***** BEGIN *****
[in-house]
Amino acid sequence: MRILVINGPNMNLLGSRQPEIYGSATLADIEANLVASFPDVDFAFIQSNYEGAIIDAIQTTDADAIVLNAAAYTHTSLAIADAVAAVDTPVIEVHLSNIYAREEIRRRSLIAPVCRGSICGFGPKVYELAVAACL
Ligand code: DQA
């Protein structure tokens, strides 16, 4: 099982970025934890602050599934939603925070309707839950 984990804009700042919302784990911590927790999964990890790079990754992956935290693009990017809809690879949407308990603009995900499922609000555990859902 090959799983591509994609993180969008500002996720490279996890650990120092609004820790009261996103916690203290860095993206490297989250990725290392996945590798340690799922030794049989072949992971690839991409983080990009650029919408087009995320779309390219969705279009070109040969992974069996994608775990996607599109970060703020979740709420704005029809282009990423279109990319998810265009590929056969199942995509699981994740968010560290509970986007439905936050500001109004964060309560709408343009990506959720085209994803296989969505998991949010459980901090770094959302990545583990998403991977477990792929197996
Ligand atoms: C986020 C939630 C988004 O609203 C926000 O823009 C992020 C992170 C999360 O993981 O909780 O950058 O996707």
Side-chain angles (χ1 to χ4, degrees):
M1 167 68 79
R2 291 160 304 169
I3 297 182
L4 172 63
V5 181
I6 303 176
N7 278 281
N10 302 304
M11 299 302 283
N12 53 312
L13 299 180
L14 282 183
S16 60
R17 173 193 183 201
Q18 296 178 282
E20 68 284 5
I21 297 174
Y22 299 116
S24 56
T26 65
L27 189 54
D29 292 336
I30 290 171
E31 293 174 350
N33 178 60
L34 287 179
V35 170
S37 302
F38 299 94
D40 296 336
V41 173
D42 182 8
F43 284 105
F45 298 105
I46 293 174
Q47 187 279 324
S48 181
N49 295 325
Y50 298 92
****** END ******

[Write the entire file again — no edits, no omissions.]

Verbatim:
[in-house]
Amino acid sequence: MRILVINGPNMNLLGSRQPEIYGSATLADIEANLVASFPDVDFAFIQSNYEGAIIDAIQTTDADAIVLNAAAYTHTSLAIADAVAAVDTPVIEVHLSNIYAREEIRRRSLIAPVCRGSICGFGPKVYELAVAACL
Ligand code: DQA
């Protein structure tokens, strides 16, 4: 099982970025934890602050599934939603925070309707839950 984990804009700042919302784990911590927790999964990890790079990754992956935290693009990017809809690879949407308990603009995900499922609000555990859902 090959799983591509994609993180969008500002996720490279996890650990120092609004820790009261996103916690203290860095993206490297989250990725290392996945590798340690799922030794049989072949992971690839991409983080990009650029919408087009995320779309390219969705279009070109040969992974069996994608775990996607599109970060703020979740709420704005029809282009990423279109990319998810265009590929056969199942995509699981994740968010560290509970986007439905936050500001109004964060309560709408343009990506959720085209994803296989969505998991949010459980901090770094959302990545583990998403991977477990792929197996
Ligand atoms: C986020 C939630 C988004 O609203 C926000 O823009 C992020 C992170 C999360 O993981 O909780 O950058 O996707």
Side-chain angles (χ1 to χ4, degrees):
M1 167 68 79
R2 291 160 304 169
I3 297 182
L4 172 63
V5 181
I6 303 176
N7 278 281
N10 302 304
M11 299 302 283
N12 53 312
L13 299 180
L14 282 183
S16 60
R17 173 193 183 201
Q18 296 178 282
E20 68 284 5
I21 297 174
Y22 299 116
S24 56
T26 65
L27 189 54
D29 292 336
I30 290 171
E31 293 174 350
N33 178 60
L34 287 179
V35 170
S37 302
F38 299 94
D40 296 336
V41 173
D42 182 8
F43 284 105
F45 298 105
I46 293 174
Q47 187 279 324
S48 181
N49 295 325
Y50 298 92